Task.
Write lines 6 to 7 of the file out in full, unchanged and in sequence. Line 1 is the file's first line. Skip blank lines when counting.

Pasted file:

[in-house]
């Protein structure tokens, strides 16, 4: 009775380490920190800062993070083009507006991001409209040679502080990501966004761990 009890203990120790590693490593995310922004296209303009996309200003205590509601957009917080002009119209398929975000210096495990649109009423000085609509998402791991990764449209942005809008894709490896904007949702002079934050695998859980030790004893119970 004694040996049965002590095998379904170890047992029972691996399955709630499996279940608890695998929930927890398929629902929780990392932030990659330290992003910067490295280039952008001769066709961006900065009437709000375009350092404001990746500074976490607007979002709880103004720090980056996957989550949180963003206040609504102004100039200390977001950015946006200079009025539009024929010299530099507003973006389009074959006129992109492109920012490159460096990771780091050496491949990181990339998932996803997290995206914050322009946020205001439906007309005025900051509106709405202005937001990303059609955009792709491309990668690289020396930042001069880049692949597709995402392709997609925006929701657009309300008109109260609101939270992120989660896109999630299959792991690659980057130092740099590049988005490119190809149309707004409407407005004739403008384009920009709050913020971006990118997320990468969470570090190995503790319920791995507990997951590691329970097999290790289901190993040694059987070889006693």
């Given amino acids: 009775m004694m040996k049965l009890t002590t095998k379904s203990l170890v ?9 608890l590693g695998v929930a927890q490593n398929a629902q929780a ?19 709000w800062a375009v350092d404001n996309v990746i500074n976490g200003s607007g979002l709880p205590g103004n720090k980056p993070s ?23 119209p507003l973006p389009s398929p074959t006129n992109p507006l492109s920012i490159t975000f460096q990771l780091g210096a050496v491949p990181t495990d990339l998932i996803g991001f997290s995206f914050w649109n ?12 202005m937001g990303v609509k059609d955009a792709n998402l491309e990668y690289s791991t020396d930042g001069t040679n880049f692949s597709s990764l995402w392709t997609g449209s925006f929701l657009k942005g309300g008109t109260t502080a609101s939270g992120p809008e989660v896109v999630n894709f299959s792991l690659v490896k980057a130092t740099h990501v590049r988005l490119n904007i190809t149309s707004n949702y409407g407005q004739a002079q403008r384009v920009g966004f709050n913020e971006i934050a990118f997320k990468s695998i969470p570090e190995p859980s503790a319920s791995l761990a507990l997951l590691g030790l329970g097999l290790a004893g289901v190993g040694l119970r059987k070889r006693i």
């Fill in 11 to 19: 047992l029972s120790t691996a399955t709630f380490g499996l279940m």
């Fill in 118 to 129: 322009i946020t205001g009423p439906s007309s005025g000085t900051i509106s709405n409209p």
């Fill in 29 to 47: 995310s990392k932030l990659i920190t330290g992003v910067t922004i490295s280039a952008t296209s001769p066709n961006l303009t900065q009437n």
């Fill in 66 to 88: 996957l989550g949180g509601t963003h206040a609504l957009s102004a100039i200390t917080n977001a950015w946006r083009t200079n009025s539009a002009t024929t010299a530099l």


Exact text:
């Fill in 29 to 47: 995310s990392k932030l990659i920190t330290g992003v910067t922004i490295s280039a952008t296209s001769p066709n961006l303009t900065q009437n």
């Fill in 66 to 88: 996957l989550g949180g509601t963003h206040a609504l957009s102004a100039i200390t917080n977001a950015w946006r083009t200079n009025s539009a002009t024929t010299a530099l």